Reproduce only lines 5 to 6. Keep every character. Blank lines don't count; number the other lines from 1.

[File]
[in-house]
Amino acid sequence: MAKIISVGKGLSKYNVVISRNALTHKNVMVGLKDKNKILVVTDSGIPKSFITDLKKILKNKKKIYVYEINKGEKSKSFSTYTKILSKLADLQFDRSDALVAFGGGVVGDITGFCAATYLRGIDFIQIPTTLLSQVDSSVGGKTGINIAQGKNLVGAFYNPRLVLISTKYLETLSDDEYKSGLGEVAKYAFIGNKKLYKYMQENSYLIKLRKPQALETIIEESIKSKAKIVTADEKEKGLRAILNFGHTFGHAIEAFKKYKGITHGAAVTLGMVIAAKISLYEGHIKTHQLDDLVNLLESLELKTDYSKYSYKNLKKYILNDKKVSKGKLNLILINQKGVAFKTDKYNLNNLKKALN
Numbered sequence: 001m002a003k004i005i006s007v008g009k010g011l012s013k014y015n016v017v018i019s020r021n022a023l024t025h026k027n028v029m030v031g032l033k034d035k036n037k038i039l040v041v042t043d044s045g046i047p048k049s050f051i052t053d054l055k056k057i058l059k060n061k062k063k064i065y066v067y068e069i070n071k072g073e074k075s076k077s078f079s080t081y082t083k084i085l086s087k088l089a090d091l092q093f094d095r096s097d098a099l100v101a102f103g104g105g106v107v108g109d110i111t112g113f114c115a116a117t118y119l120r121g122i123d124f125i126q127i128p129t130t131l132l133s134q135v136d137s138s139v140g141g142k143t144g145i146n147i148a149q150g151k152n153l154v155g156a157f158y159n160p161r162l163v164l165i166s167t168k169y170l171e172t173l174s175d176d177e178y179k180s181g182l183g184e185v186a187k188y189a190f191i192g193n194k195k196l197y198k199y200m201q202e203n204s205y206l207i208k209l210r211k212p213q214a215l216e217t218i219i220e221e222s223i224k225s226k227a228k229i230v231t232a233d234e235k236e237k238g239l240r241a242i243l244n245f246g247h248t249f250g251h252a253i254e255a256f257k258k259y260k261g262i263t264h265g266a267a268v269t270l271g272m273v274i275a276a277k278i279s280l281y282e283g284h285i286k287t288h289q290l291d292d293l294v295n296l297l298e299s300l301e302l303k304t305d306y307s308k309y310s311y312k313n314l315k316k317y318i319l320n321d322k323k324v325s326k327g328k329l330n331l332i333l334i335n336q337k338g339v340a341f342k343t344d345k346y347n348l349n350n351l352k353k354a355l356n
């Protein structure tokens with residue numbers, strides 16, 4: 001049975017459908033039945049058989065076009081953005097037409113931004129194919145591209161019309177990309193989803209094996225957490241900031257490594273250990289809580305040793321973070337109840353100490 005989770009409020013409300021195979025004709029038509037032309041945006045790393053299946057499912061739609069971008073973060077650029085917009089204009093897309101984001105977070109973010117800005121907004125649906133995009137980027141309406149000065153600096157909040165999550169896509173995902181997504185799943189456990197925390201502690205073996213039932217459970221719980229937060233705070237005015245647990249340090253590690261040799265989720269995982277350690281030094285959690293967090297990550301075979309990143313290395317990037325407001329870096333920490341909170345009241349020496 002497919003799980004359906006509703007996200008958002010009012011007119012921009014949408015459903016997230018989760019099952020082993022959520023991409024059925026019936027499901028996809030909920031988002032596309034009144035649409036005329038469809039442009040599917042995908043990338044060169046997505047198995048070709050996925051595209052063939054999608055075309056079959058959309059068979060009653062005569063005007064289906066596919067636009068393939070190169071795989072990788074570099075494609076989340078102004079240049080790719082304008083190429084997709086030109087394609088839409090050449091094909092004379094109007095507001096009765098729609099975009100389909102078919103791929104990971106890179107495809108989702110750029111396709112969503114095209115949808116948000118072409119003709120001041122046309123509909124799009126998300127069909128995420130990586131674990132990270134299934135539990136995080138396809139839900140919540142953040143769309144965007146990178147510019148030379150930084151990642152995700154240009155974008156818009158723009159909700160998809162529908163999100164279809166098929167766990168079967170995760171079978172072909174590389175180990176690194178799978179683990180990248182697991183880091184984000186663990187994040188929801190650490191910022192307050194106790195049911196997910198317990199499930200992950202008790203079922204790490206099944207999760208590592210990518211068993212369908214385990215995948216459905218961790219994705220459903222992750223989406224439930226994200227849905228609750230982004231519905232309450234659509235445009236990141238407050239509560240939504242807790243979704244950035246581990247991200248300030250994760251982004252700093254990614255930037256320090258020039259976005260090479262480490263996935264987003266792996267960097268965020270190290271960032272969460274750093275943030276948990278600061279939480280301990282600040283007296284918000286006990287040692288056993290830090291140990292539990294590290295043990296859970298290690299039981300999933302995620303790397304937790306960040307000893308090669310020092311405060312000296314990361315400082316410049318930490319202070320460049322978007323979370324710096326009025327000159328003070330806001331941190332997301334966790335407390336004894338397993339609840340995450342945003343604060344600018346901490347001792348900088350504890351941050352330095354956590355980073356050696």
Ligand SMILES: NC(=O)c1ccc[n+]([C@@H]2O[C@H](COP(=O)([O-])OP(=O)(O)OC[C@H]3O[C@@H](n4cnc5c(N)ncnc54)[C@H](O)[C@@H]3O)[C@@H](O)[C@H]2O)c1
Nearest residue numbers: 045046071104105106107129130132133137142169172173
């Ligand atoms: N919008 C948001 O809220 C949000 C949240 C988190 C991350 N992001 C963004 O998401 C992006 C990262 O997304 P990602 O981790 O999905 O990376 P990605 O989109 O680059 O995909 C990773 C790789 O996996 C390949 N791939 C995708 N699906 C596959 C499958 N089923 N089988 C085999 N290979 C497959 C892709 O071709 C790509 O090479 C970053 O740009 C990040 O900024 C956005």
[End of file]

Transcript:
Ligand SMILES: NC(=O)c1ccc[n+]([C@@H]2O[C@H](COP(=O)([O-])OP(=O)(O)OC[C@H]3O[C@@H](n4cnc5c(N)ncnc54)[C@H](O)[C@@H]3O)[C@@H](O)[C@H]2O)c1
Nearest residue numbers: 045046071104105106107129130132133137142169172173